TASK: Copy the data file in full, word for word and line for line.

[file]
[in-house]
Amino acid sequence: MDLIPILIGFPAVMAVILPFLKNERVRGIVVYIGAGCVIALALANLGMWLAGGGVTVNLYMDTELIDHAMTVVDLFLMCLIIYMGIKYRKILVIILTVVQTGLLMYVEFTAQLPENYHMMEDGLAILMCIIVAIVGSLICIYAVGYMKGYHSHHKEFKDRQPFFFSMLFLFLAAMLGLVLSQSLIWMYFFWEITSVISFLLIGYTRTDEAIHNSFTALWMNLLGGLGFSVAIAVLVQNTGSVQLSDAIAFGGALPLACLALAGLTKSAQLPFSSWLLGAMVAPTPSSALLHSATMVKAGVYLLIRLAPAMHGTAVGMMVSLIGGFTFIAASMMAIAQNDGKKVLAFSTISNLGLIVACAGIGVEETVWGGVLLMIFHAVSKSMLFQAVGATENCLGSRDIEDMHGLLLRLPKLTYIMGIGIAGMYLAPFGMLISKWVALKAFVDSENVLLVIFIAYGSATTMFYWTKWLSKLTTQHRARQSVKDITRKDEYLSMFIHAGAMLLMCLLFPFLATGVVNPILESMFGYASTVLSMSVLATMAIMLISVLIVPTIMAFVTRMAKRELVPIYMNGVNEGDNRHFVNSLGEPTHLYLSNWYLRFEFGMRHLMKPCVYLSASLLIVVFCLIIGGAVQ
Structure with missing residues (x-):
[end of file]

[in-house]
Amino acid sequence: MDLIPILIGFPAVMAVILPFLKNERVRGIVVYIGAGCVIALALANLGMWLAGGGVTVNLYMDTELIDHAMTVVDLFLMCLIIYMGIKYRKILVIILTVVQTGLLMYVEFTAQLPENYHMMEDGLAILMCIIVAIVGSLICIYAVGYMKGYHSHHKEFKDRQPFFFSMLFLFLAAMLGLVLSQSLIWMYFFWEITSVISFLLIGYTRTDEAIHNSFTALWMNLLGGLGFSVAIAVLVQNTGSVQLSDAIAFGGALPLACLALAGLTKSAQLPFSSWLLGAMVAPTPSSALLHSATMVKAGVYLLIRLAPAMHGTAVGMMVSLIGGFTFIAASMMAIAQNDGKKVLAFSTISNLGLIVACAGIGVEETVWGGVLLMIFHAVSKSMLFQAVGATENCLGSRDIEDMHGLLLRLPKLTYIMGIGIAGMYLAPFGMLISKWVALKAFVDSENVLLVIFIAYGSATTMFYWTKWLSKLTTQHRARQSVKDITRKDEYLSMFIHAGAMLLMCLLFPFLATGVVNPILESMFGYASTVLSMSVLATMAIMLISVLIVPTIMAFVTRMAKRELVPIYMNGVNEGDNRHFVNSLGEPTHLYLSNWYLRFEFGMRHLMKPCVYLSASLLIVVFCLIIGGAVQ
Structure with missing residues (x-):